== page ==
The applications of machine learning

Recommendation engines

By making use of past consumer behavior data, algorithms can find data trends to create cross-selling strategies that are more efficient. This is found through add-on suggestions in online retailers, like Amazon.

Speech recognition

Speech recognition, or speech-to-text, uses natural language processing (NLP) to process spoken human speech into text. This can be found in Apple devices with Siri, for example, which uses voice search.

Computer vision

Using convolutional neural networks, computer vision determines valuable information from visual inputs like videos and images so computers and systems can take appropriate actions. This can be found in social media through photo tagging and radiology imaging in healthcare.

Want to know more about computer vision? Read our guide below:

Your guide to computer vision
With modern advancements in artificial intelligence and computational power, computer vision has become an integral part of everyday life. Computers’ ability to ‘see’ and interpret the world around them helps in the analysis of the massive amounts of data created in daily operations.


In public safety, for example, machine learning helps to mine multiple data sources for valuable insights. Sensor data can identify how to improve efficiency and save on costs while helping to detect fraud and minimize identity theft.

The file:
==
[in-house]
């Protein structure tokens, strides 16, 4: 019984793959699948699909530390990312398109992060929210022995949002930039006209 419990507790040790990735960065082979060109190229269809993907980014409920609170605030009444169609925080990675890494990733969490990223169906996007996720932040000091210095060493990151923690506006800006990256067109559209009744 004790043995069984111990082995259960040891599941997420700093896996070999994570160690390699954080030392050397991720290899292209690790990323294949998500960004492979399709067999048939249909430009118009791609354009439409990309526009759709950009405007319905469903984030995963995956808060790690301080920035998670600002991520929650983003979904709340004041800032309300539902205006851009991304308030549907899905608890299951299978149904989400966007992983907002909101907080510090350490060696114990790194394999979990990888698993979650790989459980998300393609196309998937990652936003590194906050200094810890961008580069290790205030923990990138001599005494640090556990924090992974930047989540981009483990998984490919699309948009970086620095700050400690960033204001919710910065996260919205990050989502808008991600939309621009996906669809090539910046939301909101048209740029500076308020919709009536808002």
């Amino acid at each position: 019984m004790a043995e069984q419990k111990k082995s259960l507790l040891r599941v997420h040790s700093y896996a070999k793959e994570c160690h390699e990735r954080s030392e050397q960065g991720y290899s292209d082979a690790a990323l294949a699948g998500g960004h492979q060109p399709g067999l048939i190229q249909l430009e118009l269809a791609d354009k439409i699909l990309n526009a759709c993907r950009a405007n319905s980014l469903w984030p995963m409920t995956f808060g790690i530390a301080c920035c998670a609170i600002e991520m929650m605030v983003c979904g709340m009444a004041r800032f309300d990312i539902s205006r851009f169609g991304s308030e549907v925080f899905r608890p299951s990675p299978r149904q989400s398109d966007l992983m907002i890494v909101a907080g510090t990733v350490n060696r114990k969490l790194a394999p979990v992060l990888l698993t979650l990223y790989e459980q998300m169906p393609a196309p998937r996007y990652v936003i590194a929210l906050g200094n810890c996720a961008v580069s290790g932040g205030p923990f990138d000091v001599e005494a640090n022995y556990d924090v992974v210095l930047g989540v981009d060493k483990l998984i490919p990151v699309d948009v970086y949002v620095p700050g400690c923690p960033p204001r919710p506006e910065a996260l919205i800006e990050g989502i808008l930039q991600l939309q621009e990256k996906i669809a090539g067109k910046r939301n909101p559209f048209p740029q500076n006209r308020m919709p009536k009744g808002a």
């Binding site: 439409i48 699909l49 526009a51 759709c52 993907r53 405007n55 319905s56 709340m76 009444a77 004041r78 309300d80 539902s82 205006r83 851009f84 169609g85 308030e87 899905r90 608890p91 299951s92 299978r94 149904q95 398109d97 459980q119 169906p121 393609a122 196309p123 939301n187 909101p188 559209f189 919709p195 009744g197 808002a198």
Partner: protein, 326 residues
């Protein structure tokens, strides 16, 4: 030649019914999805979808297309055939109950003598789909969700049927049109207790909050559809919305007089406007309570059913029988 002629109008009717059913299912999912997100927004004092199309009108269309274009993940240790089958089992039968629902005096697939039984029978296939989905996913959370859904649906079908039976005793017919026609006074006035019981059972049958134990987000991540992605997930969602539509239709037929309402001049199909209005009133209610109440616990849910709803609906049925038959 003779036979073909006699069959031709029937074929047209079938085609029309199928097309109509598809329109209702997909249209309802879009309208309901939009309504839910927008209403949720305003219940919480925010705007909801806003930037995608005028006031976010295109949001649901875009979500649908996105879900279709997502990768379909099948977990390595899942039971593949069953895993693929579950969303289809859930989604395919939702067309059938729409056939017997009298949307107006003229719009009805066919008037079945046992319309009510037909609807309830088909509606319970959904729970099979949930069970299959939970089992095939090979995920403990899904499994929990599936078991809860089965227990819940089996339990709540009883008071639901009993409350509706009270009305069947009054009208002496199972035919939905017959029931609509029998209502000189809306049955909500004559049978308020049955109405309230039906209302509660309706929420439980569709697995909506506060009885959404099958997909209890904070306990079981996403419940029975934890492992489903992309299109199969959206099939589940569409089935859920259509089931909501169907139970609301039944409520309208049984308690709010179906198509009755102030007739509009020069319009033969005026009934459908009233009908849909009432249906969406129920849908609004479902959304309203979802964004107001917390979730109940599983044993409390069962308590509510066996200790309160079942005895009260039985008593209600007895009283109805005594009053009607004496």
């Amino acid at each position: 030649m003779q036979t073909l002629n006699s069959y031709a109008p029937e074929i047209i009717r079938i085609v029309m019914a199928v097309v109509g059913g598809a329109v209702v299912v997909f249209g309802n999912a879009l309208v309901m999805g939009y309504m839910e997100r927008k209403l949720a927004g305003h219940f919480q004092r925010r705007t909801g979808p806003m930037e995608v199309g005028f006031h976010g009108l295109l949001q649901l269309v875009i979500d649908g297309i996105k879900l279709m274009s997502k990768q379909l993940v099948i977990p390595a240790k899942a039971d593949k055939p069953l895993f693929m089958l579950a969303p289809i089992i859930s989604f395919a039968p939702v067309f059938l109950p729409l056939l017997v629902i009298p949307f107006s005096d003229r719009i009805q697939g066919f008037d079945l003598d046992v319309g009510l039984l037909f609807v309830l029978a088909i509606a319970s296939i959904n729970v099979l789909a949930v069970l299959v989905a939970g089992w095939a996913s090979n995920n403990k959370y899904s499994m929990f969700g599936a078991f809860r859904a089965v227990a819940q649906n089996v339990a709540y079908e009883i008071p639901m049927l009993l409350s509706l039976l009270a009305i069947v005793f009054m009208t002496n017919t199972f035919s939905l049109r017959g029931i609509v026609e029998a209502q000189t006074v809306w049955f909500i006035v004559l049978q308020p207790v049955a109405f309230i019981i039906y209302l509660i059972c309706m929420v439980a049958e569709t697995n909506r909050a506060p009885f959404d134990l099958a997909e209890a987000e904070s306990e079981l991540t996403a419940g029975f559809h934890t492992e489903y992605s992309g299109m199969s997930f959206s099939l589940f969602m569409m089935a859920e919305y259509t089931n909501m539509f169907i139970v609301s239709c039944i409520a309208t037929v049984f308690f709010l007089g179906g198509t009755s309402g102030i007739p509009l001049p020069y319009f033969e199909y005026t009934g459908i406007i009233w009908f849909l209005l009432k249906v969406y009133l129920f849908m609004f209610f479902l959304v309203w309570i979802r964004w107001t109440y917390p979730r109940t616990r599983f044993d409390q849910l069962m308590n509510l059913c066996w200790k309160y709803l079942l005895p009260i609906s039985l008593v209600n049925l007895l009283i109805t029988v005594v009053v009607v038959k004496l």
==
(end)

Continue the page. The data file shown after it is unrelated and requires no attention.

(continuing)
Customer service

Continuously replacing human employees, online chatbots answer frequently asked questions (FAQs) to offer a personalized service or cross-sell products. Virtual assistants and voice assistants are taking over customer service and freeing up human resources.


In the transportation industry, it’s important to both analyze and identify trends and patterns, as it relies on the continuous efficiency of routes and on the prediction of potential issues that can affect profitability.

Financial services

Machine learning in the financial industry is helping to prevent fraud and identify important data insights. These insights can lead to investment or trading opportunities. Data mining can also highlight fraud signs or help to identify which clients have high-risk profiles.


Sensors and wearable devices assess patient health in real-time, alongside helping medical experts identify trends by analyzing data and identifying trends that can help improve treatment and diagnoses.